The Telegraph reports the conclusion of British authorities that Thursday’s terrorist bombings were the work of a foreign terrorist cell. Reuters reports that the city of Birmingham was partially evacuated last night in response to a security threat. In his Chicago Sun-Times column, Mark Steyn writes: “The question now is will the British return to the fantasy agenda of Bob Geldof or avenge their dead?”
On Friday Tony Blair announced a package of up to $3 billion in aid from the G8 to the Palestinian Authority, allegedly for “infrastructure for the Palestinian state.” Charles Johnson calls it “payday for Hamas” and observes that “terrorism works.”
I wonder what it would take for Mr. Blair (and President Bush) to entertain second thoughts about the wisdom of supporting the savages who do to Israelis what al Qaeda has just done to our British friends. Mr. Blair apparently believes that the Arab war on Israel is the cause of the Islamofascist terror war on the west [correction: see update 2 below]. It is a notion that has a tendency to place Israel uncomfortably in the position of the “faraway country” one of Mr. Blair’s predecessors famously referred to some time back.
UPDATE: For more on the aid to the Palestinian Authority, see this Newsweek interview of James Wolfensohn, an envoy to the Middle East on behalf of the “quartet” (the United States, the United Nations, Russia and the European Union), by Newsweek’s Kevin Peraino. Here is one pertinent question and answer:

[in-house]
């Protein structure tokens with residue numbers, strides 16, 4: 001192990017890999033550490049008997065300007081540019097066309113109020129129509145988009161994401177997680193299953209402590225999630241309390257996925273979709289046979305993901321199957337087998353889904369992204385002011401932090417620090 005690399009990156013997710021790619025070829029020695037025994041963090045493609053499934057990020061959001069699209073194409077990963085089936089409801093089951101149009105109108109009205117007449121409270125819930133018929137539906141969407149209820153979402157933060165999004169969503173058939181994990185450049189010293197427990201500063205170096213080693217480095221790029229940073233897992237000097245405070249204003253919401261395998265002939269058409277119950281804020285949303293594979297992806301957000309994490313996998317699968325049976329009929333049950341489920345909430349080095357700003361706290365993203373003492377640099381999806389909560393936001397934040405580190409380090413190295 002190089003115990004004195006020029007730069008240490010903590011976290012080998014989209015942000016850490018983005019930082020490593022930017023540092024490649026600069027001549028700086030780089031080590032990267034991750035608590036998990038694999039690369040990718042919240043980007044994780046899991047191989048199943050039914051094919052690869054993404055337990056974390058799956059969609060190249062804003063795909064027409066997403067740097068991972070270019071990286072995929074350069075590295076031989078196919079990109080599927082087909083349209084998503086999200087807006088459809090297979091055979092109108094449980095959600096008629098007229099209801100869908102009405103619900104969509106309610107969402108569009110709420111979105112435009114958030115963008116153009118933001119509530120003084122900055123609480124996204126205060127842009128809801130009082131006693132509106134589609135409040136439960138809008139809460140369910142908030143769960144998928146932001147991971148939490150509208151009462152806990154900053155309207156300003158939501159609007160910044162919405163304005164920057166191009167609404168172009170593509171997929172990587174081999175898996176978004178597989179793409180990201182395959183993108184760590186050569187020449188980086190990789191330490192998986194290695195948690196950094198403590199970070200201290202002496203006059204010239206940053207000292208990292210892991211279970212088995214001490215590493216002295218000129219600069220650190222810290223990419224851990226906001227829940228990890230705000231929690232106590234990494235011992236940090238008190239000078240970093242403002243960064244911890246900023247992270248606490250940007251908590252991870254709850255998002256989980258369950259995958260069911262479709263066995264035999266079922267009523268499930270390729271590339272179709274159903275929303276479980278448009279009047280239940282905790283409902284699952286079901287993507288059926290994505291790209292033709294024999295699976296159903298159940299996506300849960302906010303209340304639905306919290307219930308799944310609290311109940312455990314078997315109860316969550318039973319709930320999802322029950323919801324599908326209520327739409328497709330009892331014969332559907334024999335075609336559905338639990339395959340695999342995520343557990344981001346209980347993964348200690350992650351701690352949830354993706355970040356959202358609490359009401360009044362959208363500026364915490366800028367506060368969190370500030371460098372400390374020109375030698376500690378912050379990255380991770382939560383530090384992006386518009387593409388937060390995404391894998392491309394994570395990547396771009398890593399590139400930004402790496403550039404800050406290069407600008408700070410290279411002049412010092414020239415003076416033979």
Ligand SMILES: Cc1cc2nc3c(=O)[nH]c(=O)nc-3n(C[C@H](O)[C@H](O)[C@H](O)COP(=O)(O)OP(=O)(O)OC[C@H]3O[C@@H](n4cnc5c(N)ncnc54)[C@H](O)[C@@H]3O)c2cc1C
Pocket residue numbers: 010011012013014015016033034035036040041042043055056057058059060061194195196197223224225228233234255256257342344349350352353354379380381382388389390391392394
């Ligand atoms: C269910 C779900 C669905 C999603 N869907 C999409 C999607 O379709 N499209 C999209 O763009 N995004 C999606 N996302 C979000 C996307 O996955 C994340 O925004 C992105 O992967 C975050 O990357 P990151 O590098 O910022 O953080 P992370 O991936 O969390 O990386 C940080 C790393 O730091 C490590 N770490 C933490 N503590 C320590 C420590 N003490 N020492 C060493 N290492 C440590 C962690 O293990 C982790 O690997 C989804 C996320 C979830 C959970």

PERAINO: There are a lot of Hamas mayors now in Gaza. Can you work with these low-level Hamas officials?
WOLFENSOHN: Well, it’s not for me to do it. I’m obviously aware of the difficulties of dealing with people who think about the destruction of the Israeli state. But at the same time I have to look at the issues of representation as a result of an electoral process. My own personal judgment is that it’s very hard to deal with armed individuals who are talking about the destruction of their neighbor, as [opposed to] people who are prepared to enter into the political process on the basis that arms and military action is the function of the state. I have to deal, or will deal with, the authority, whatever it is. So I don’t get into the issue of the local mayors at this moment. [But] if you have a state, or you’re looking to have a state, that is democratic, you cannot have in that state armed forces of 6, 8 or 10 different varieties. You just cannot have it.
The answer to the question seems to be “yes,” which is problematic not only for the reason implied in Wolfensohn’s concluding pont. Lavishing billions of dollars into territories dominated by terrorist savages, regardless of the number of terrorist chieftains, does not seem like a constructive response to the terrorist attack in London, particularly delivered by the leader of the country that just sustained it. For the breadth and depth of the mania confronting Great Britain from within, see this lengthy London Times article: “The hate.”
UPDATE 2: Carol Yowell points out the following AP announcement: “In a July 9 story about Prime Minister Tony Blair’s comments on overcoming global terrorism, The Associated Press erroneously reported that he spoke of easing the conflict between Israel and the Palestinians. Blair did not specifically mention the Israeli-Palestinian conflict in his interview with the British Broadcasting Corp.”
This Gateway Pundit post bears on the subject of pending events in the Palestinian Authority: “Countdown to Palestinian civil war.”